Riot Games has updated their rules for the 2016 League of Legends Championship Series with new policies on playoff seeding, new champions, substitute players and relegations.
Perhaps the largest change Riot is making is requiring substitute players to only be contracted to one organization at a time. This means that teams can no longer have active Challenger Series players on their rosters as subs. However, Riot is also introducing a formal loan system, which will let some players be active in both the LCS and the CS for a period of time.
Two organizations that have settled on a formal loan agreement can share a player on two rosters before the trade deadline each split. After that date, players can only play on one team for the rest of the split. The trade deadline for the Spring Split is March 1.
The other rule changes include shortening the time limit on new champions being unavailable for LCS play to one week, down from two, and altering the seeding for playoff games. In the LCS playoff semifinals, teams will be reseeded to ensure that the top seed will play the lowest seed. Additionally, as part of the new sub rules, any player competing in the LCS playoffs cannot play in the CS playoffs, and vice-versa.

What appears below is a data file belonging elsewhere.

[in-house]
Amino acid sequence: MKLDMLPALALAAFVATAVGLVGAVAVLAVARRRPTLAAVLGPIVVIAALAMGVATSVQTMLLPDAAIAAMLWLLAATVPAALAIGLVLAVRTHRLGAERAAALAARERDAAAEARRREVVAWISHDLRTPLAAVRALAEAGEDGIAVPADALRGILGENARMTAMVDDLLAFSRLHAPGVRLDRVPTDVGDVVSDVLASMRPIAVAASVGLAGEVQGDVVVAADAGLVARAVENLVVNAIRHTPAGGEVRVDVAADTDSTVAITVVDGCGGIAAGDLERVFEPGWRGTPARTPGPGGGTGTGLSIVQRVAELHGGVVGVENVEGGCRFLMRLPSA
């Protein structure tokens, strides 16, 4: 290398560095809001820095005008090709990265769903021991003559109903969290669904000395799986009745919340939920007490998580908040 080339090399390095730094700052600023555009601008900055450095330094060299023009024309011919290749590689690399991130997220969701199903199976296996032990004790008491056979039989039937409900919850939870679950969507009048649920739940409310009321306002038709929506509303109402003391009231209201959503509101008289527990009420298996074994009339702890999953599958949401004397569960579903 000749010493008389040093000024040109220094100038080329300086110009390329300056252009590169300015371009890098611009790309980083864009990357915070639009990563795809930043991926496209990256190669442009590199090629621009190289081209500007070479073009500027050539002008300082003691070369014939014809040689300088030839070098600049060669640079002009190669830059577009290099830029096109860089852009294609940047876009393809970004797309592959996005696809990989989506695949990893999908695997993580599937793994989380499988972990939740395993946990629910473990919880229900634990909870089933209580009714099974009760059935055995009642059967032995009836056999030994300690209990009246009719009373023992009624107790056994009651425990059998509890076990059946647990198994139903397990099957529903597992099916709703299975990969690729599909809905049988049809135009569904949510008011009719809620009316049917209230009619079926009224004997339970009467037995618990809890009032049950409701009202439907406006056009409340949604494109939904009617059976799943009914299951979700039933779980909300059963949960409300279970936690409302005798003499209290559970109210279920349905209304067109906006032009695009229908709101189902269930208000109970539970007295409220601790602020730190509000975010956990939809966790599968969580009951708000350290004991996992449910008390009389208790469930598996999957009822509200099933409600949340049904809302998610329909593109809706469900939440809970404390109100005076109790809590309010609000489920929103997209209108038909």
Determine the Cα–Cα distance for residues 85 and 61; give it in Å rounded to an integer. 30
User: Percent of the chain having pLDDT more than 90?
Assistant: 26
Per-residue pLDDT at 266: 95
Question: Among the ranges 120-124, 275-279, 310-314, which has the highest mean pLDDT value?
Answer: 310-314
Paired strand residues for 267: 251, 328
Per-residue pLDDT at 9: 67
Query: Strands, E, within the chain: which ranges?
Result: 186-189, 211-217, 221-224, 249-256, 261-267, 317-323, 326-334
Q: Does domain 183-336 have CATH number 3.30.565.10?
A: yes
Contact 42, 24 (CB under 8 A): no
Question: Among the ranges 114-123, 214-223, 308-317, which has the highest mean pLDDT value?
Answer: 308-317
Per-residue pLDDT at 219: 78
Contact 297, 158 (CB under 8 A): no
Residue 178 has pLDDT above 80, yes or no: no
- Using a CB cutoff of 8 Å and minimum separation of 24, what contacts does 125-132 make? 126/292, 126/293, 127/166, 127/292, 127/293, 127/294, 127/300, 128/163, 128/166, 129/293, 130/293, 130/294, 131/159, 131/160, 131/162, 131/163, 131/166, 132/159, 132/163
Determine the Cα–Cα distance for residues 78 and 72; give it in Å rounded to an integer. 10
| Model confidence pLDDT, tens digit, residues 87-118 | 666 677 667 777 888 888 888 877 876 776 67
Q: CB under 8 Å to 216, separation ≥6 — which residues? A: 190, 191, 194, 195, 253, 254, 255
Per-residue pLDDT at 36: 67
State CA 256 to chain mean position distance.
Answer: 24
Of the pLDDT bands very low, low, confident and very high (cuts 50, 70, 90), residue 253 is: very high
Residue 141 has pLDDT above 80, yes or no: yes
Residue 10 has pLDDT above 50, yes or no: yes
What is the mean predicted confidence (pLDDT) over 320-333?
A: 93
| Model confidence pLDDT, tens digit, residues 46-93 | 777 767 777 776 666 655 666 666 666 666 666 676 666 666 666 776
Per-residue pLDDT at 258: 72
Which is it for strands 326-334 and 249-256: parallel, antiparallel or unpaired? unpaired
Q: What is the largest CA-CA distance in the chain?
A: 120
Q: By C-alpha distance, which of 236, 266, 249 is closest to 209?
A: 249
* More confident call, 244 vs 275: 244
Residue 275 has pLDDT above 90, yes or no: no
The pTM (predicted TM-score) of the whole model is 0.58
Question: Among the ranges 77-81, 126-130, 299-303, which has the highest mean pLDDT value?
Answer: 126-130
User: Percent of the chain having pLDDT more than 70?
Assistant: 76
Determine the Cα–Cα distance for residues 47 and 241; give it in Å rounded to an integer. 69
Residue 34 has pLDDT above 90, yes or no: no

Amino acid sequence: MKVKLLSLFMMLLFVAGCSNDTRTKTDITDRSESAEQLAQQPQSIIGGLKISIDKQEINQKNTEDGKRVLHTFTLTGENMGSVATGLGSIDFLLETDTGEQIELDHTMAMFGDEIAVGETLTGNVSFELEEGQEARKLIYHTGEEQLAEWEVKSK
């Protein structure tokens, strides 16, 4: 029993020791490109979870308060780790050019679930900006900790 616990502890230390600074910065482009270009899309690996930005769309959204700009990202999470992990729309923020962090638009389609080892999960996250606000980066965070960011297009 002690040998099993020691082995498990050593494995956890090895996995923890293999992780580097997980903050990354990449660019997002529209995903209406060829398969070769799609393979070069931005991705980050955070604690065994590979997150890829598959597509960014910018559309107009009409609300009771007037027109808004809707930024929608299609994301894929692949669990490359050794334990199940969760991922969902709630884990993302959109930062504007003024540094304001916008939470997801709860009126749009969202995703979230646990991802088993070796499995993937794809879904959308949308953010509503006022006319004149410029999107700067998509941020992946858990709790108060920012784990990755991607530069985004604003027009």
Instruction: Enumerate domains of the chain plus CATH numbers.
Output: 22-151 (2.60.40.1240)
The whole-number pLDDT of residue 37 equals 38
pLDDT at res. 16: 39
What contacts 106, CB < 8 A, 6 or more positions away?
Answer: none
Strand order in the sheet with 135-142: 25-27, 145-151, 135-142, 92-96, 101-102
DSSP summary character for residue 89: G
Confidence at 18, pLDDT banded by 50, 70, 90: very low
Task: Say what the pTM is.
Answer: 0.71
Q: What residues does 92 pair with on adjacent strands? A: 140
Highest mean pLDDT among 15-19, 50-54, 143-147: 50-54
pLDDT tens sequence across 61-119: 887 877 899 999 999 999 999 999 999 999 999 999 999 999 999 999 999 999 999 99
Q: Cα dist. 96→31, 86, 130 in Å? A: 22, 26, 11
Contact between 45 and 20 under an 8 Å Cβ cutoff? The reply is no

Finally, the relegation process has been changed for the bottom place teams in each split. The bottom three teams in each LCS split will now play in a three-day, best-of-five tournament with the Top 2 teams from the CS. The tenth place LCS team will play the second place CS team in an elimination match, then the eighth place LCS team will play the winner of that game in a promotion match. Following that, the ninth place LCS team will play the first place CS team in a promotion match, and finally, the remaining teams will play a promotion match against each other.
"We’re aware that the prospect of auto promotion offered a motivational ‘carrot’ for CS teams (just as auto relegation offered a ‘stick’ for LCS teams) and that this increases the number of steps needed to break into the LCS," Riot stated in their announcement post. "With the increasing quality of top-tier CS teams however, we’re confident that teams of LCS caliber (whether they were LCS or came from CS) will still claim their rightful place by making it out of the tournament."
Daniel Rosen is a news editor for theScore eSports. You can follow him on Twitter.